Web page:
Hungary scrambles to confront migrant influx
Updated: 2015-08-27 09:16
Syrian immigrants walk on a railway track after they crossed the Hungarian-Serbian border near Roszke, Hungary August 25,2015. [Photo/Agencies]
With frequent attacks on refugee shelters and warnings of rising intolerance of foreigners, Merkel's cabinet agreed to double the funding this year to help towns cope with the record number of arrivals.
Hungary, which is part of Europe's Schengen passport-free travel zone, is building a 3.5-metre high fence along its 175-km (110-mile) border with Serbia, taking a hard line on what right-wing Prime Minister Viktor Orban says is a threat to European security, prosperity and identity.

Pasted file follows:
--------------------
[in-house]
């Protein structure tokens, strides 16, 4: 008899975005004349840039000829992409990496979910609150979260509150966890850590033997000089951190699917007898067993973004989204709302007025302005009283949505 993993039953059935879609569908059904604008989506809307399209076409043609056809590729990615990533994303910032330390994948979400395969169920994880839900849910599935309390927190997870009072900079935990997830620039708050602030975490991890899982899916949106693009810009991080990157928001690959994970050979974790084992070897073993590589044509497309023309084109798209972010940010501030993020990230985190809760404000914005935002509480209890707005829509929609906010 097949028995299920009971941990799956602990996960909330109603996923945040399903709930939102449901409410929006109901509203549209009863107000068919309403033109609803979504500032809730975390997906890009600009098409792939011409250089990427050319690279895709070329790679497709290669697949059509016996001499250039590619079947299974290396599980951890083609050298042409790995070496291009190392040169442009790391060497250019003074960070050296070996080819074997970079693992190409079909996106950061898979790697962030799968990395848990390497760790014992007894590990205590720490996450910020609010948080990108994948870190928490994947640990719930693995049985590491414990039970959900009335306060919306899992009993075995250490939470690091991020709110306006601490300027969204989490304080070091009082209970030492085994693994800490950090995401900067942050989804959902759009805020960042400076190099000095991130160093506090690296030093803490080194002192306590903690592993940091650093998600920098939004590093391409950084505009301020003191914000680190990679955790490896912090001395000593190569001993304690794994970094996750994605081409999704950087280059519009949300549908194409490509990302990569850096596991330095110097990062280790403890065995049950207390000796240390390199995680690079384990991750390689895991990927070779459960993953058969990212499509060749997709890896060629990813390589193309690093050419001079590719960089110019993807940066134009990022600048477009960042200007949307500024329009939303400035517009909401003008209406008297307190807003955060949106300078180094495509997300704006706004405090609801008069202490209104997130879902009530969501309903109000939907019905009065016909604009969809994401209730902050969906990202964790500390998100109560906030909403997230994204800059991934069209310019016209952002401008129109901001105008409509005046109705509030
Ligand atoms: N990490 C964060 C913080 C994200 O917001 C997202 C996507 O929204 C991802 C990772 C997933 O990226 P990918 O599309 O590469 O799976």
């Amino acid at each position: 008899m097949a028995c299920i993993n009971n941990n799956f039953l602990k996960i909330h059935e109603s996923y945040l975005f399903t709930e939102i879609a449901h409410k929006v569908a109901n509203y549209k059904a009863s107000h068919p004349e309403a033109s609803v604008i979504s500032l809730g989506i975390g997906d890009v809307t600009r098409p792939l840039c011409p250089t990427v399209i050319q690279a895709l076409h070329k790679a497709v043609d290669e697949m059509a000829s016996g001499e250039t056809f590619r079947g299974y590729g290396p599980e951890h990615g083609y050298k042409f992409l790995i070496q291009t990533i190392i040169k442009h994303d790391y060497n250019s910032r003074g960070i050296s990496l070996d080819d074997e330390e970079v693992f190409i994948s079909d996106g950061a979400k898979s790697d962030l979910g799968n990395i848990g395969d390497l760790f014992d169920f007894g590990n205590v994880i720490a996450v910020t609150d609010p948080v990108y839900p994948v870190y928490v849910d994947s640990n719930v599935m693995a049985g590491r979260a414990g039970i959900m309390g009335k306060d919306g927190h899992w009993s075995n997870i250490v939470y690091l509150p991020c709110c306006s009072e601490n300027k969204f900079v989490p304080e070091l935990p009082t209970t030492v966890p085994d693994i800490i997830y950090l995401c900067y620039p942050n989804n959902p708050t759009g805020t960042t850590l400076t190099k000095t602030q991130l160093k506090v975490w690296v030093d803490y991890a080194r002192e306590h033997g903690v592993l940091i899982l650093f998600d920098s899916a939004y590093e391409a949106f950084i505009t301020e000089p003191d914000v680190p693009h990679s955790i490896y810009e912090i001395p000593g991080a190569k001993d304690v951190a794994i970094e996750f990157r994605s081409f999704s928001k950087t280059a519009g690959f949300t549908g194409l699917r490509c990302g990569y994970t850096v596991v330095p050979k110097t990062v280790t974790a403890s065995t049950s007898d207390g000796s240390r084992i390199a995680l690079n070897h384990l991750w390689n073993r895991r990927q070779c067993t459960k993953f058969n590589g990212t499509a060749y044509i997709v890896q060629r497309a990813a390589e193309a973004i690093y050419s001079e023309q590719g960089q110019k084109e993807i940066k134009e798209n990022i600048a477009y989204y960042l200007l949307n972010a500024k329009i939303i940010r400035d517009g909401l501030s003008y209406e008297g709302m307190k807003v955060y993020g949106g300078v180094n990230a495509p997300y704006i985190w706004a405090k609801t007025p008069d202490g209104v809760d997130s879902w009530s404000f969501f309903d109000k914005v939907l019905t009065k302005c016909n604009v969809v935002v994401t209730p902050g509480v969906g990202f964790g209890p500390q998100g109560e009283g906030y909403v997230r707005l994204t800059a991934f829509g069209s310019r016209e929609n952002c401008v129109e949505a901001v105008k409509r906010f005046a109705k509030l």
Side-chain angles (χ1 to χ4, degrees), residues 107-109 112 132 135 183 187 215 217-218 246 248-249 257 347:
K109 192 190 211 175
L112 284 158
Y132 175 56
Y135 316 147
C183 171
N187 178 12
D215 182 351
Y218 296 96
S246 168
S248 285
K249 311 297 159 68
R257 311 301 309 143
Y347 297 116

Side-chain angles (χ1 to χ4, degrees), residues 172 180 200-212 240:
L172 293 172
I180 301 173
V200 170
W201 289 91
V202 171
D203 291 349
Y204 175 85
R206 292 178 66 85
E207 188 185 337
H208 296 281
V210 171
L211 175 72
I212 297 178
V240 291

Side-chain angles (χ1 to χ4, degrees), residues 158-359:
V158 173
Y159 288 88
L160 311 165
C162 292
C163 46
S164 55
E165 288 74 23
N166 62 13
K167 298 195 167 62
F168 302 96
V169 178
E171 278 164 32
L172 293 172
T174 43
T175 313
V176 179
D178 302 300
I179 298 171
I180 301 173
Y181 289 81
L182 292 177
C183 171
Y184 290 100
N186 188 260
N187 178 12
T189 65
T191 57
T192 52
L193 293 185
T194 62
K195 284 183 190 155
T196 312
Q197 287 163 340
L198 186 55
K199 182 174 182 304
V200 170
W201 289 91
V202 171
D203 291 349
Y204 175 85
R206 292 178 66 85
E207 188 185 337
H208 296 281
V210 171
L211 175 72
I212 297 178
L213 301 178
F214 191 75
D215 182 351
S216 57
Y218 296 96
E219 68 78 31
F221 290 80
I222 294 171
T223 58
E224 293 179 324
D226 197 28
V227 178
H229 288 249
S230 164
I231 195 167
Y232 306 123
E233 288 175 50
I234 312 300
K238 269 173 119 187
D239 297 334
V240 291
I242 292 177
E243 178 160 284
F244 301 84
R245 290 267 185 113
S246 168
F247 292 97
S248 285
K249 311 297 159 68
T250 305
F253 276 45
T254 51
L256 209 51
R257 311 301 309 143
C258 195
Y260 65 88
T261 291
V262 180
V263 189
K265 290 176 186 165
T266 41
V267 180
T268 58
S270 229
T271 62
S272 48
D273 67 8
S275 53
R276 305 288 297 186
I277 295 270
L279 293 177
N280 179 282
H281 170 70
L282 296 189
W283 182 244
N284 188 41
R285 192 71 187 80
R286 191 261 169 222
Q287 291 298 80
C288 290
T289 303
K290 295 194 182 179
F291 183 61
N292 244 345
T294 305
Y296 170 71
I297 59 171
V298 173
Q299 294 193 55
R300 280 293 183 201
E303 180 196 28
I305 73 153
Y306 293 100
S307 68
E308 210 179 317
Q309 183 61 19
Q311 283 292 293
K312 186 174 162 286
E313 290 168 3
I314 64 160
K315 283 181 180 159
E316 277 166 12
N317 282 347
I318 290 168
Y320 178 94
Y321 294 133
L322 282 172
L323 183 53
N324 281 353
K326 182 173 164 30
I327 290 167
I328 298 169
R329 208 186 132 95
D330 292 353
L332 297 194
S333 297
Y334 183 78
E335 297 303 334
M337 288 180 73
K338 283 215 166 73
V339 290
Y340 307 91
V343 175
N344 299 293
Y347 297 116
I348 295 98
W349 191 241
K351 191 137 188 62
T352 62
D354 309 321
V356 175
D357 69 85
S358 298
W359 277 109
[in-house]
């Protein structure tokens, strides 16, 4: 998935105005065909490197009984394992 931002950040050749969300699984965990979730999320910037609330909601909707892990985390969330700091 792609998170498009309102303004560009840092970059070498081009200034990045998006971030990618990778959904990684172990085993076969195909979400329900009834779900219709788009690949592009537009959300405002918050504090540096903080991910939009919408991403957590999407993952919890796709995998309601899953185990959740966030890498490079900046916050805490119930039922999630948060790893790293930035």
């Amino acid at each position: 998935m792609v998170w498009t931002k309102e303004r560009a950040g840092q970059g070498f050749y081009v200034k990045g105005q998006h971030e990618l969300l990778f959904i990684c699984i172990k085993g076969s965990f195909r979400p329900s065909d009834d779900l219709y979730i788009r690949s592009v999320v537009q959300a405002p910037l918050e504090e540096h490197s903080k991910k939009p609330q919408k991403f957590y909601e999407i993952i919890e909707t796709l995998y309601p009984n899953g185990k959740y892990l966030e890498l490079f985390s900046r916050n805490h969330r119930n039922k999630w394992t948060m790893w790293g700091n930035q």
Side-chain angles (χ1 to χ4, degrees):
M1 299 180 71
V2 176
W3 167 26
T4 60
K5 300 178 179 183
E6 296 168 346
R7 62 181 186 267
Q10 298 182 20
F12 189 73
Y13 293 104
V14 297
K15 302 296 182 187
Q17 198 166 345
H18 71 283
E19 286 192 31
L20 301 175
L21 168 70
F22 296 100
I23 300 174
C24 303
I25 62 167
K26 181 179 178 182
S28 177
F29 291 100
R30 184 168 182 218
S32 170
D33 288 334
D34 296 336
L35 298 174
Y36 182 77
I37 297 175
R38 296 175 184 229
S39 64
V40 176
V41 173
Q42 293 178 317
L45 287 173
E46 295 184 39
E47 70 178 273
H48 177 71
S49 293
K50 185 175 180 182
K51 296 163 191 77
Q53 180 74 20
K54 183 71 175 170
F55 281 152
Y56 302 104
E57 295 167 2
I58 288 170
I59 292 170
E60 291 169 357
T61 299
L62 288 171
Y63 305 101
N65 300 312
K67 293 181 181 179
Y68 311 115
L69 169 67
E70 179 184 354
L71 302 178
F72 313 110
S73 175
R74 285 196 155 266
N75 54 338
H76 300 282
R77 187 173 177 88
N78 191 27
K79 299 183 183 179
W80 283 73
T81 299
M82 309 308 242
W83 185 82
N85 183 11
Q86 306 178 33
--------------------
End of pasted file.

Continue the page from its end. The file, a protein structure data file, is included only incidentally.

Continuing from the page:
Government spokesman Zoltan Kovacs said parliament would debate next week whether to employ the army in the border effort.
The numbers travelling through the cash-strapped Balkans have soared in recent weeks, with 3,000 crossing into Macedonia daily from Greece.
The chief commissioner of Hungarian police, Karoly Papp, said police were readying six special border patrol units of an initial 2,106 officers, equipped with helicopters, horses and dogs, to be sent in depending on the situation on the Serbian border.
"They don't have and will not get an order to shoot," Papp told a news conference.
In Roszke, the police spokesman said some 200 migrants at the reception centre where unrest flared had refused to be fingerprinted, fearing that, as per EU rules, if they are stopped later elsewhere in the EU they will be returned to Hungary as their official point of entry.